Unity Lodge No. 32


 John A. Thompson, PM   Worshipful Master
 Sean C. McMonagle, PM   Senior Warden
 Charles Porter, PM   Junior Warden
 John Lobley, PM   Secretary
 Vernon H. Hanby   Treasurer
 A. Tony Maxwell, PM   Senior Deacon
 Lee Russykevizc   Junior Deacon
 Vacant   Senior Steward
 Vacant   Junior Steward
 Jose Cruz   Tiler

Past Masters

John A. Thompson, PM 2021-22
Kenneth C. Weaver, Sr., PM 2020 Kenneth C. Weaver, PM 2019
John A. Thompson, PM 2018 John A. Bailey-Thompson 2017
2016 John K. Lobley 2015
Dale Nickle, PM 2014 Dale Nickle, PM 2013
Dale Nickle 2012 Tony Maxwell 2011
R.Dan Major 2010 Tony Maxwell 2009
John Mullins 2008 Sean McMonagle 2007
John Mullins 2006 John Kuhn 2005
James Brady, Jr. 2003-2004 John Kuhn 2001-2002
John Kuhn 2000 Carton T. Melvin 1994
Richard W. Garland 1992 James Brady, Jr. 1992
James Brady, Jr. 1987 David Maxwell 1986
Jay F. Harlaub 1985 Richard W. Garland 1983
Vernon E. Lee 1981 Louis Savage 1977
Carlton T. Melvin 1976 Vernon E. Lee 1975
Robert F. Mowbray, Sr. 1972 William E. Willis 1969
Edward H. Horney 1967 Millard H. Widdekind 1963


Unity Lodge No. 32 received its charter on November 5, 1955 to meet in Newport, Delaware in the Masonic Temple as, at the time, the third Blue Lodge in the building.

Stephen D. McDonald was appointed the first Worshipful Master. Fifty years later the Lodge can look back on a mostly successful existence. The Worshipful Masters have all been dedicated leaders with the objective of overseeing well-trained officers as well as the affairs of the Lodge.

     In the years leading up to the mid-twenties, the officer’s line was always filled by brothers who diligently learned the work necessary to move up to the next station. The goal of being Worshipful Master was ingrained in each as a path, which would lead them to become better men and Masons. In recent years, filling the officer’s stations has been more difficult. As in most Masonic bodies today, the competition for time and commitment is challenged by cultural changes in our society. Thus, in most years since the mid-nineties, Worshipful Masters and Past Masters have filled the elected officer’s stations in Unity Lodge.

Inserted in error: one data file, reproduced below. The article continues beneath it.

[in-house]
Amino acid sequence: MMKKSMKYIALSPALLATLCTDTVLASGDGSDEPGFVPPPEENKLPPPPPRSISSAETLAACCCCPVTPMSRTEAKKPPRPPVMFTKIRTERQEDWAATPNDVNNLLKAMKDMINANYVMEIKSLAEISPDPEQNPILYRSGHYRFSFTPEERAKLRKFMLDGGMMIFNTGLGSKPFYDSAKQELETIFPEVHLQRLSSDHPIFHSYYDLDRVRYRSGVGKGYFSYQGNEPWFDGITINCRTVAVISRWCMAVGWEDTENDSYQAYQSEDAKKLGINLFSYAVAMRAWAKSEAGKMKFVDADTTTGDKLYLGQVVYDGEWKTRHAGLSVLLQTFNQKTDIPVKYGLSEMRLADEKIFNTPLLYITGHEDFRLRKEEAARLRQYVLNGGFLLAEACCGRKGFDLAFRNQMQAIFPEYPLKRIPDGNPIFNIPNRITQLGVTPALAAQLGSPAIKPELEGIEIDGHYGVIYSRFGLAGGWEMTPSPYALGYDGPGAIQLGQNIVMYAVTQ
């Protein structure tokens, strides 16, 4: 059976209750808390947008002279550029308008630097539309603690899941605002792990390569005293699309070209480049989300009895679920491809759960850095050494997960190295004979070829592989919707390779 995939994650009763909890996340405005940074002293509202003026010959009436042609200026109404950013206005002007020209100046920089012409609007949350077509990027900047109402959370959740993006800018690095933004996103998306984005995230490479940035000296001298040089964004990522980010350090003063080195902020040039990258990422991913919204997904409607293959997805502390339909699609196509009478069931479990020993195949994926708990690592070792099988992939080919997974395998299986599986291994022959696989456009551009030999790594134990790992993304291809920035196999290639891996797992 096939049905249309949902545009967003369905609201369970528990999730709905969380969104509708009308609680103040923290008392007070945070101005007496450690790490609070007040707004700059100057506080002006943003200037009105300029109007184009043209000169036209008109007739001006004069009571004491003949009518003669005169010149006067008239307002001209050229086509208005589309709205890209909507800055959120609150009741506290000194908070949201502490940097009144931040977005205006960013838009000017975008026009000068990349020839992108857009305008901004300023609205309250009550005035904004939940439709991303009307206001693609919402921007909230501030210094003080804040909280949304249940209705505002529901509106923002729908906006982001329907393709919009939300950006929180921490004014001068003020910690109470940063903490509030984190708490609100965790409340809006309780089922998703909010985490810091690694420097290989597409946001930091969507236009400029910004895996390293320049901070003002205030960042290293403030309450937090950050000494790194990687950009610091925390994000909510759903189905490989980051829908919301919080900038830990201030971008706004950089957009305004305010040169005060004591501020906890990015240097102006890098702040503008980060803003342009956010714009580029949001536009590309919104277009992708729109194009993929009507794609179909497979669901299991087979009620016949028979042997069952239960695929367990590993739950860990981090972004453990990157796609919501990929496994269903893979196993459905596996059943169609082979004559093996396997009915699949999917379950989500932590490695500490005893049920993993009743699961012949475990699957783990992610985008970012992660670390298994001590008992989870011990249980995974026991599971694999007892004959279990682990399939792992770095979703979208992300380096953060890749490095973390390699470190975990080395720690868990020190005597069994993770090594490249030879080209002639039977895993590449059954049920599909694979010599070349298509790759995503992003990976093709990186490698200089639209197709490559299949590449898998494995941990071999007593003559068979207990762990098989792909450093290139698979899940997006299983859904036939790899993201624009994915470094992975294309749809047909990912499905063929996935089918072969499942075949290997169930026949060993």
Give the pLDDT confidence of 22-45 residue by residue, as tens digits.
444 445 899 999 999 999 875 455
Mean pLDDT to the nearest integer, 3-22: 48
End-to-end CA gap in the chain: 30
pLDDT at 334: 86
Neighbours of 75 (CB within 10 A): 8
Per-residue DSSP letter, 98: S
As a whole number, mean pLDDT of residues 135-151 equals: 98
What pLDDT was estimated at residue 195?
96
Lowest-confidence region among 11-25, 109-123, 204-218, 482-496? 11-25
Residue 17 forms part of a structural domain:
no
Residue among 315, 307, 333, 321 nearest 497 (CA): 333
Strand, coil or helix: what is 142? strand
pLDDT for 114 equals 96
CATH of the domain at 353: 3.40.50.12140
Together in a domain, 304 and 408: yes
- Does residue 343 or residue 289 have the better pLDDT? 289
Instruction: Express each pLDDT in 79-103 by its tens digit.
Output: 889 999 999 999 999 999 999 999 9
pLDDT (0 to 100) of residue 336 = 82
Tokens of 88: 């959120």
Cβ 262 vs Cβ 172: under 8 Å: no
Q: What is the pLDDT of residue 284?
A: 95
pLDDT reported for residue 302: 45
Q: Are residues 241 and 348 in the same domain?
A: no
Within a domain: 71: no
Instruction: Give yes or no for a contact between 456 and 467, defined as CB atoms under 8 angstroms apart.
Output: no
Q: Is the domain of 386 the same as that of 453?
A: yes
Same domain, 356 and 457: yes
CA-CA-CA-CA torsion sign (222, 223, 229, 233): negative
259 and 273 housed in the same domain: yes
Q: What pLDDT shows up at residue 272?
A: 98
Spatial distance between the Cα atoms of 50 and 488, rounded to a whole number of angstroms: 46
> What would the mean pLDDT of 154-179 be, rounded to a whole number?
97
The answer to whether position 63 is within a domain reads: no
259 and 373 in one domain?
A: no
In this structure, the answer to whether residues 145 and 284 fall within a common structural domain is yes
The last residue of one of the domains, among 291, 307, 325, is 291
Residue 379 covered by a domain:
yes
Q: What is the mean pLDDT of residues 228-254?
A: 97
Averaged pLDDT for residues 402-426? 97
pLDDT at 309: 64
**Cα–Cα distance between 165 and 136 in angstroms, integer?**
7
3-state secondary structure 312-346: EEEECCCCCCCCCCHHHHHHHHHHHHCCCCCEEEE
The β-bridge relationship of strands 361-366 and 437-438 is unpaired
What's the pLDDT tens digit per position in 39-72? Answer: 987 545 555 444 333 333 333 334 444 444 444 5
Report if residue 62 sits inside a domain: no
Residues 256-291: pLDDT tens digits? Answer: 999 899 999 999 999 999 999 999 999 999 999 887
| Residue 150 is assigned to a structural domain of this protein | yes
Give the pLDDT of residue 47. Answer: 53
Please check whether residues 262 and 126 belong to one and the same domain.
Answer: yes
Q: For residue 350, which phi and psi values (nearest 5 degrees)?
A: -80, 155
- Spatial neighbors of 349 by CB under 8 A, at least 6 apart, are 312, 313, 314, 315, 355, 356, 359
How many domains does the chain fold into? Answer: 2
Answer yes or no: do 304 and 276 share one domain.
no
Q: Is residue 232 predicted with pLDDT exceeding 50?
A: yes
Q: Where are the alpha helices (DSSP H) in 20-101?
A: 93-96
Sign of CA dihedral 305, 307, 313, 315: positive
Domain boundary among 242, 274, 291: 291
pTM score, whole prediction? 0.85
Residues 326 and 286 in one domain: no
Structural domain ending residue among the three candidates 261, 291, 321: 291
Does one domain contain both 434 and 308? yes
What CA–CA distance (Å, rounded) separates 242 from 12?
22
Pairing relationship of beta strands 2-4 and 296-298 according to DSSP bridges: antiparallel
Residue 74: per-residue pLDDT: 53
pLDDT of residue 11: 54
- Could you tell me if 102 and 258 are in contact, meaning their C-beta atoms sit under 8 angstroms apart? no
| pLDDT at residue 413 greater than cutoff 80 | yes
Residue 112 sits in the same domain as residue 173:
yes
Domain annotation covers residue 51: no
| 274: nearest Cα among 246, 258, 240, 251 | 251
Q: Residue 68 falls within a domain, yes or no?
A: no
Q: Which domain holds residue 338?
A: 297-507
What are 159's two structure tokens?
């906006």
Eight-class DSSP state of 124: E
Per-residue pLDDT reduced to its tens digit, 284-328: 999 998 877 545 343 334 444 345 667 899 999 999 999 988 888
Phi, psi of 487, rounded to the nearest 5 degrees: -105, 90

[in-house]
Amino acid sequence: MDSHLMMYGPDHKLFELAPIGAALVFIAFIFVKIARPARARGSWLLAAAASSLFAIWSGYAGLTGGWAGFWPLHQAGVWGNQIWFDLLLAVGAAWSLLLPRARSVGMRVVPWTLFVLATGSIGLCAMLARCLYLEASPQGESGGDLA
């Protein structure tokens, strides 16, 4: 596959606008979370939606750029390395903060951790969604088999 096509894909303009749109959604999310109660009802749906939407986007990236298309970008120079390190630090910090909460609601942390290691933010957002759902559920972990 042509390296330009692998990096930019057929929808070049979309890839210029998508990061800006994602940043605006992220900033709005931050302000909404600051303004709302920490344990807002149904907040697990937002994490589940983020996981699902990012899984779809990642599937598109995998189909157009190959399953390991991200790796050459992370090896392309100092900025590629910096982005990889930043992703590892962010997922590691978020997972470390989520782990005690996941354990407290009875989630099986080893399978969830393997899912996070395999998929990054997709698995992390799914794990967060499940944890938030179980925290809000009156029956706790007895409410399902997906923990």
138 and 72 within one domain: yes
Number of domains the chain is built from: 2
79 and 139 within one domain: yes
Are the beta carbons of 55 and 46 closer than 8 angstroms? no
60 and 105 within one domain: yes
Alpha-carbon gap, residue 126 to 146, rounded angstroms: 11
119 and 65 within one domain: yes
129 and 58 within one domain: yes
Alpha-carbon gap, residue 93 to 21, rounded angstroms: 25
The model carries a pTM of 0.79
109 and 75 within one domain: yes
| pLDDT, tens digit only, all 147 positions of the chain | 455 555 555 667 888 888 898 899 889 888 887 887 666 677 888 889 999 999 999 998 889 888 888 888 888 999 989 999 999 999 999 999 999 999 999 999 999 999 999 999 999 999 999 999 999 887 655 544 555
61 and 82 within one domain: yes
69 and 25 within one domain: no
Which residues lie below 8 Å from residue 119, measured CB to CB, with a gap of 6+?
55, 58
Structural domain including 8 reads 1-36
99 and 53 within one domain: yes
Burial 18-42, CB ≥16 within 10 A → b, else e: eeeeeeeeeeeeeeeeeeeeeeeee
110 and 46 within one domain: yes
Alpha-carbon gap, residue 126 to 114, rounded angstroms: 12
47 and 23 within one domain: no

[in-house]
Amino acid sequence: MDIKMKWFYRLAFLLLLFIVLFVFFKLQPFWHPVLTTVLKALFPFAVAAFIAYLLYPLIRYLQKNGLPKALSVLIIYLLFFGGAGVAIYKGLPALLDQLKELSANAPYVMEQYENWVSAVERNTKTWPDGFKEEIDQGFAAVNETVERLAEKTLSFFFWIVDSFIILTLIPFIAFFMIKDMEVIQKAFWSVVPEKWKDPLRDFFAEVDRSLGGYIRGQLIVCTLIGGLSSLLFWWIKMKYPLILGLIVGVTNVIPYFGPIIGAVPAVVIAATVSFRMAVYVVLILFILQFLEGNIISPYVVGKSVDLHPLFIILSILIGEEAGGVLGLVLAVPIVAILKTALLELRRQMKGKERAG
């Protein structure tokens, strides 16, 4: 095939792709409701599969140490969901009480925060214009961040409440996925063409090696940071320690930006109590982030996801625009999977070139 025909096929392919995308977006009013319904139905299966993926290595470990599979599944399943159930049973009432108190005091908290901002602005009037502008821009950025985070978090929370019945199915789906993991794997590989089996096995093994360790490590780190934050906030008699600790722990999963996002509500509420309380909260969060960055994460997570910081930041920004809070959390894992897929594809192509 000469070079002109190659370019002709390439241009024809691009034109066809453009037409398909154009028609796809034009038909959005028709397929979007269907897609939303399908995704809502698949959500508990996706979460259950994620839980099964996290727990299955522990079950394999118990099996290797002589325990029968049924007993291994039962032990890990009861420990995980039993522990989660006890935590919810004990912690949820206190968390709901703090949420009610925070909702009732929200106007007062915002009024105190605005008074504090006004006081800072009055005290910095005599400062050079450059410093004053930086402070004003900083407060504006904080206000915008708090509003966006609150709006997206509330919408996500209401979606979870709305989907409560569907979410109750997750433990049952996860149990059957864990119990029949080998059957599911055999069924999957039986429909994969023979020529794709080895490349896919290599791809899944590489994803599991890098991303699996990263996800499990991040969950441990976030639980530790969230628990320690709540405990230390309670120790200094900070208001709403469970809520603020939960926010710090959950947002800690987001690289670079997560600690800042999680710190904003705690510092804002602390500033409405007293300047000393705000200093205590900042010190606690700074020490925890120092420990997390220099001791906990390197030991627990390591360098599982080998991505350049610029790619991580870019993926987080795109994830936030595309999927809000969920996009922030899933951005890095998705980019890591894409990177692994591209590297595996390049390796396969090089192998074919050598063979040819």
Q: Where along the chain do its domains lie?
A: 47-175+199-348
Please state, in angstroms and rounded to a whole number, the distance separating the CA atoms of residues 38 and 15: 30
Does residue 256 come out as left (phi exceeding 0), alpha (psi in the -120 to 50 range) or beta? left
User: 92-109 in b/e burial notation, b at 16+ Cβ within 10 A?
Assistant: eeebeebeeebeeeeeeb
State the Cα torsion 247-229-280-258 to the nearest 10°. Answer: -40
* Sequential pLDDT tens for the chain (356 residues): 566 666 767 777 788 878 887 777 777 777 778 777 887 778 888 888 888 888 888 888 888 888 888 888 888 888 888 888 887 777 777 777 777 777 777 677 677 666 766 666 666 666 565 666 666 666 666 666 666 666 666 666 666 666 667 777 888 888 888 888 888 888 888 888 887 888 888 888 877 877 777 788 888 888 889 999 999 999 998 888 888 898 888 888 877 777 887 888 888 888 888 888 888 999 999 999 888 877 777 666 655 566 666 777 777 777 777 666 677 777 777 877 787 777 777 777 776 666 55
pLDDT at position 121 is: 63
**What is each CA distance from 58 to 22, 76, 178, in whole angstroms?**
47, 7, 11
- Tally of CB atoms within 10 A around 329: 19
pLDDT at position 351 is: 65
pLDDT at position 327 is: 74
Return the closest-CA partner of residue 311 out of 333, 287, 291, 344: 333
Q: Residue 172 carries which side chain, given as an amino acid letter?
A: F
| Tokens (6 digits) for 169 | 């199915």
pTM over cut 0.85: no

The Lodge has been blessed with a rich history. Though only existing for a fourth time since the Grand Lodge of Delaware was organized in 1806, Unity Lodge has contributed to the advancement of Freemasonry in Delaware. Though never having a Grand Master from the Lodge, Past Master Walter F. Lokey did serve as Grand Secretary for five years beginning in 1977 and Past Master John F. Selfridge was elected as Senior Grand Warden in 1978. A number of Past Masters have been appointed to the Grand Staff of various Grand Masters of Delaware. Also, many Unity Lodge members have distinguished themselves in other Delaware Masonic bodies in the York Rite and Scottish Rite as well as the Shrine at NUR Temple. Several members have been very active in the Eastern Star, DeMolay, Job’s Daughters and at the Veteran’s Hospital in Elsmere, Delaware. Lodge members have always been generous in their contributions to Masonic charities and with their time and dollars to the Masonic Home of Delaware.

     Today, as Unity Lodge celebrates fifty years, members can look back on a history of brotherhood and fellowship through interaction with other Blue Lodges in Newport, some very entertaining Ladies Nights, outstanding speakers at most of the Regular Communications and very proficient degree work. In recent years “pot luck” dinners have preceded the Regular Communications.

     Most of the Charter Members have passed on to their ultimate reward. If one pauses in the anteroom of the Newport Blue Lodge Room and gazes upwards he will see the portraits of all the Past Masters of Unity Lodge and the year(s) they served. Many who pause may have fond memories of a particular Past Master and of the year he served. There will always be memories of happy events as well as times not so happy.      What the future holds for Unity Lodge is unknown but at this time the Lodge, though financially secure, is concerned with declining membership and difficulty in filling the officer’s stations with “new blood”. The challenge to overcome these concerns will determine the future.